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Photosynthesis allows plants to convert sunshine into food and energy. The original renewable resource, the chemical process has existed for millions of years. Now, cutting-edge research is trying to improve upon the photosynthetic process to solve future global issues like food shortages and cleaner, renewable fuels.
Photosynthetic organisms (plants, algae, cyanobacteria) convert light and carbon dioxide (CO2) into carbohydrates. But what works efficiently for these organisms is inefficient for our needs, according to Anne Jones of Arizona State University, speaking at a presentation at this year’s AAAS meeting.
In the two-step process of photosynthesis, there is light-harvesting and fuel-producing. Between the two steps, much of the light energy plants receive gets lost along the way. “As it is, photosynthesis is a badly connected electrical grid. We'd like to make it better,” Jones said at the conference.
Her idea is to harness the excess solar energy by using biological nanowires to transfer energy absorbed in a photosynthetic light-harvesting cell to a second fuel-producing cell. She will try this on cyanobacteria in her lab.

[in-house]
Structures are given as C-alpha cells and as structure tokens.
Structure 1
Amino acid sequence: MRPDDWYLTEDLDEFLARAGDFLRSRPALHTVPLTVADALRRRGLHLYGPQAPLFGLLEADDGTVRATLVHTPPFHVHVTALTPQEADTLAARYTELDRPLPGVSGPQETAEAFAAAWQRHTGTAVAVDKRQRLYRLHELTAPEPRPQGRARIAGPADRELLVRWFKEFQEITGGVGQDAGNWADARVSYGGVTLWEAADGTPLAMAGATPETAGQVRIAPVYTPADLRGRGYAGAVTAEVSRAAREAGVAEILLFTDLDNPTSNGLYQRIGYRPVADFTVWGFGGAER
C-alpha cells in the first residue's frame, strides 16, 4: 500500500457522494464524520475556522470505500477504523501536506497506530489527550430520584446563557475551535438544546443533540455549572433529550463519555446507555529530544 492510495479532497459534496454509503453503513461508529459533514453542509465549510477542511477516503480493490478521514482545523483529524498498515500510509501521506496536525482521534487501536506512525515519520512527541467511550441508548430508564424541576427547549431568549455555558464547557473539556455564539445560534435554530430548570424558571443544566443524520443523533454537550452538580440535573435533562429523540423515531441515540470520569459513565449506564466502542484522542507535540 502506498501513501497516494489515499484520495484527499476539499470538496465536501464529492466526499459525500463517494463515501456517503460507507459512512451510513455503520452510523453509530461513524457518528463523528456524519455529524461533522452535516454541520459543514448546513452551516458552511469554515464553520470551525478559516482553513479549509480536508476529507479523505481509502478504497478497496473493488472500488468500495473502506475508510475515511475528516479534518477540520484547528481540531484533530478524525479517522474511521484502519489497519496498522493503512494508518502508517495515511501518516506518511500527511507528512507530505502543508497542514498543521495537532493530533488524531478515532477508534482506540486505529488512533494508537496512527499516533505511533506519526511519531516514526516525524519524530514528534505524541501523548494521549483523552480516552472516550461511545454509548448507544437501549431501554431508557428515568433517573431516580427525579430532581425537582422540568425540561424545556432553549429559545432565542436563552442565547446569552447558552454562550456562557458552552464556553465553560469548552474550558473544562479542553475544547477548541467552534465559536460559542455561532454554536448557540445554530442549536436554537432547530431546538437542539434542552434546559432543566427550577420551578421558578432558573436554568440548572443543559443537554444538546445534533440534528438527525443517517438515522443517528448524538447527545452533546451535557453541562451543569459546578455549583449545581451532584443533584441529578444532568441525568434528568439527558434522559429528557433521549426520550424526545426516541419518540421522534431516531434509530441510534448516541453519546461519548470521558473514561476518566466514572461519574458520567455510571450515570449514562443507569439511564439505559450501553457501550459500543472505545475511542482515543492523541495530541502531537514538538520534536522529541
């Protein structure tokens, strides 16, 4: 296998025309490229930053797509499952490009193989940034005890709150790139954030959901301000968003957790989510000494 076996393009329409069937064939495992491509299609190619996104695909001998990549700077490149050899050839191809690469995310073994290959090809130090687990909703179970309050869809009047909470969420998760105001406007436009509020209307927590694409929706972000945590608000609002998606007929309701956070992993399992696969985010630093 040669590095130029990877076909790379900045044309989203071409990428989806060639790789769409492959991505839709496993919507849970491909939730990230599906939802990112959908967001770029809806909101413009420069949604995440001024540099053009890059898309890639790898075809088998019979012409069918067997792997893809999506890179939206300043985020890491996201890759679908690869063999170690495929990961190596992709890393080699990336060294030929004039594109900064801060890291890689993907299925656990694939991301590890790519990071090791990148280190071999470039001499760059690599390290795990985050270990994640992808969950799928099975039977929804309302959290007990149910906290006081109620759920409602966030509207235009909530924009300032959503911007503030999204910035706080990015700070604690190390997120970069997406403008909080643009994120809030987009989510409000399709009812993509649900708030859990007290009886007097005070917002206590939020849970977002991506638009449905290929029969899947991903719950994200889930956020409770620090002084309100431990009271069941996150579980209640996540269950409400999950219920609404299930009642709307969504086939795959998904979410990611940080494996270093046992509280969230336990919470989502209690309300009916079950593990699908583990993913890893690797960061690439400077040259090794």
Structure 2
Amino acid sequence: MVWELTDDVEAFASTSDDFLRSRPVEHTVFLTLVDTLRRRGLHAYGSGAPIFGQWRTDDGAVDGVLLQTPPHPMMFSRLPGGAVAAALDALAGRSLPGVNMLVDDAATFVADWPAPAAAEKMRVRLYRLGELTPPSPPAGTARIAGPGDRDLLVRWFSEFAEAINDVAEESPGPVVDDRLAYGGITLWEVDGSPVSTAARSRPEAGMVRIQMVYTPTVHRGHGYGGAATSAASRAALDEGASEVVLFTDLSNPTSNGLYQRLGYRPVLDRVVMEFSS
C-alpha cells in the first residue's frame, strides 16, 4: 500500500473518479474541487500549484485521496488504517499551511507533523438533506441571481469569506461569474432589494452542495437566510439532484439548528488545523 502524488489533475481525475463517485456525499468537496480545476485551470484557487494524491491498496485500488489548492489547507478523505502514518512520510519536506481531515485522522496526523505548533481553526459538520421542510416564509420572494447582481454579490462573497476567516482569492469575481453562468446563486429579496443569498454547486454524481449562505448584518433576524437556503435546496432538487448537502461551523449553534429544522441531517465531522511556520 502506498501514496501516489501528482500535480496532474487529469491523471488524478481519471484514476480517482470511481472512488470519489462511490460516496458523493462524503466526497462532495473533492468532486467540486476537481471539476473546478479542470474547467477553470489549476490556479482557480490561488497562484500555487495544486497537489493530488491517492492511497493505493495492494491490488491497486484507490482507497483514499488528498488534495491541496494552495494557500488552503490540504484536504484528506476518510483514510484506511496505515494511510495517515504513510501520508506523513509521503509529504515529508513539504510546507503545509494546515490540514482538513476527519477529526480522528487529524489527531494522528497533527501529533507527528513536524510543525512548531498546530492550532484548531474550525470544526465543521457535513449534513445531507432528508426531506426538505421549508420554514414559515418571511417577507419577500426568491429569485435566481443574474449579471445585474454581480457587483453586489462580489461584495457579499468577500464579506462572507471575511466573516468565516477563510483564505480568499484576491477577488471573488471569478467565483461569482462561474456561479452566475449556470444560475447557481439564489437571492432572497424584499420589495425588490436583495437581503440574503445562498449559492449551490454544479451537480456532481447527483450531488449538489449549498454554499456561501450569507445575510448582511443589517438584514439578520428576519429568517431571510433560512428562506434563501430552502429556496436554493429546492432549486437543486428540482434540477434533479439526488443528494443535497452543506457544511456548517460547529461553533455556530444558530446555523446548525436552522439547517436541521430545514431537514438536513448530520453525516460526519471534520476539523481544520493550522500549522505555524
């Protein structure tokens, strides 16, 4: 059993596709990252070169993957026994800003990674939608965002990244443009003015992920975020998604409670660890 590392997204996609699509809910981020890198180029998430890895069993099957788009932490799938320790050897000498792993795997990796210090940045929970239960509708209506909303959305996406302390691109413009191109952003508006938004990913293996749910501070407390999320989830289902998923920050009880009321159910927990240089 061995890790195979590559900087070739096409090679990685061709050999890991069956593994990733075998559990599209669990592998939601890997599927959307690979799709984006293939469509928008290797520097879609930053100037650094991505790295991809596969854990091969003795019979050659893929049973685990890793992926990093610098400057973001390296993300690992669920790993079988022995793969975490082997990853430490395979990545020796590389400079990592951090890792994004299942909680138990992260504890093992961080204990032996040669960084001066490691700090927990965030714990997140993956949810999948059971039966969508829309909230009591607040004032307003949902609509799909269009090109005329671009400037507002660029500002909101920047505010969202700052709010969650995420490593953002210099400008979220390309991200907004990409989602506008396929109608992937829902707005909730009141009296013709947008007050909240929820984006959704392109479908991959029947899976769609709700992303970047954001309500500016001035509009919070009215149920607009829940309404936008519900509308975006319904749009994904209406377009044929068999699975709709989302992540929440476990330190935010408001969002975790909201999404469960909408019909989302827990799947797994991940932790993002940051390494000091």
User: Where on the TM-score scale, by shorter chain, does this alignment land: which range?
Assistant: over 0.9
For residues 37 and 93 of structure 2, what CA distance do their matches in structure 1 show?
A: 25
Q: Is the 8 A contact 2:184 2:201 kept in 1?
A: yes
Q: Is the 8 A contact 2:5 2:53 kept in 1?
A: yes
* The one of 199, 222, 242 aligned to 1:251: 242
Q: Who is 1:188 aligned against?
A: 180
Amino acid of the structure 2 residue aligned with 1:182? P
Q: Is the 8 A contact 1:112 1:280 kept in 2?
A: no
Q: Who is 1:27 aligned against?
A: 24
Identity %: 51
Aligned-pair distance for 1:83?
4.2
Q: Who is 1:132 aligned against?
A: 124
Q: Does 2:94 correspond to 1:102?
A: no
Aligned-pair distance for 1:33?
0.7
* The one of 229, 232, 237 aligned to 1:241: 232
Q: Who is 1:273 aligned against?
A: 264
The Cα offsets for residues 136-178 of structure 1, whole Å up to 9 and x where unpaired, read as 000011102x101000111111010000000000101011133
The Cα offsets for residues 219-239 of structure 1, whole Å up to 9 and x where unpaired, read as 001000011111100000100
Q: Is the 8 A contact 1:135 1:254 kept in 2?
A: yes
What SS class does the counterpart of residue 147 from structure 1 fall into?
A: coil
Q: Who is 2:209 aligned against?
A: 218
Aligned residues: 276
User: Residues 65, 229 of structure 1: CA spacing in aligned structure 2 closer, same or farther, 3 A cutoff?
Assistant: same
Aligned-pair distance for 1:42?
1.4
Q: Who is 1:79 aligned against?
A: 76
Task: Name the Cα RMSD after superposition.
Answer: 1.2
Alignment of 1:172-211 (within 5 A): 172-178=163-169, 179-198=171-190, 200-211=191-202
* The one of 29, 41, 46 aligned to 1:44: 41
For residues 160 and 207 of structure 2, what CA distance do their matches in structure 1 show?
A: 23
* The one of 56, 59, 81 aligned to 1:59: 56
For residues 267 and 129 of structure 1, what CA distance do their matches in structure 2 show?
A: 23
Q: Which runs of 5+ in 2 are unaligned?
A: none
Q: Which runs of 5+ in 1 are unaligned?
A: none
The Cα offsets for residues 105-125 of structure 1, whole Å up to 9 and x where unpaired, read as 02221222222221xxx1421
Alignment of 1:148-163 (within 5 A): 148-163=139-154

Where Jones will use nanowires, her colleague, Richard Cogdell of the University of Glasgow, will create batteries to store energy created from photosynthesis. His team uses synthetic biology to make a structure that can directly convert energy from the sun into fuels such as hydrogen or ethanol, not electricity like current solar cells create.
“Renewable sources are intermittent—and that’s the problem. It’s all about the storage. Energy supplies available on demand is one of the grand challenges that humanity faces,” Cogdell said.
He admitted that “we’re a long way from a solution, but we have the blueprint to tackle that problem.” He looks forward to finding the answers in this budding area of research, but he also knows that scientists must work together to solve these challenging problems. “Each researcher in improving photosynthesis is tackling a different area, we talk to each other, and are working together and learning from each other. We’re not little silos, but a tight community… We want to inspire the young people to power this research forward.”
Image: Zina Deretsky, NSF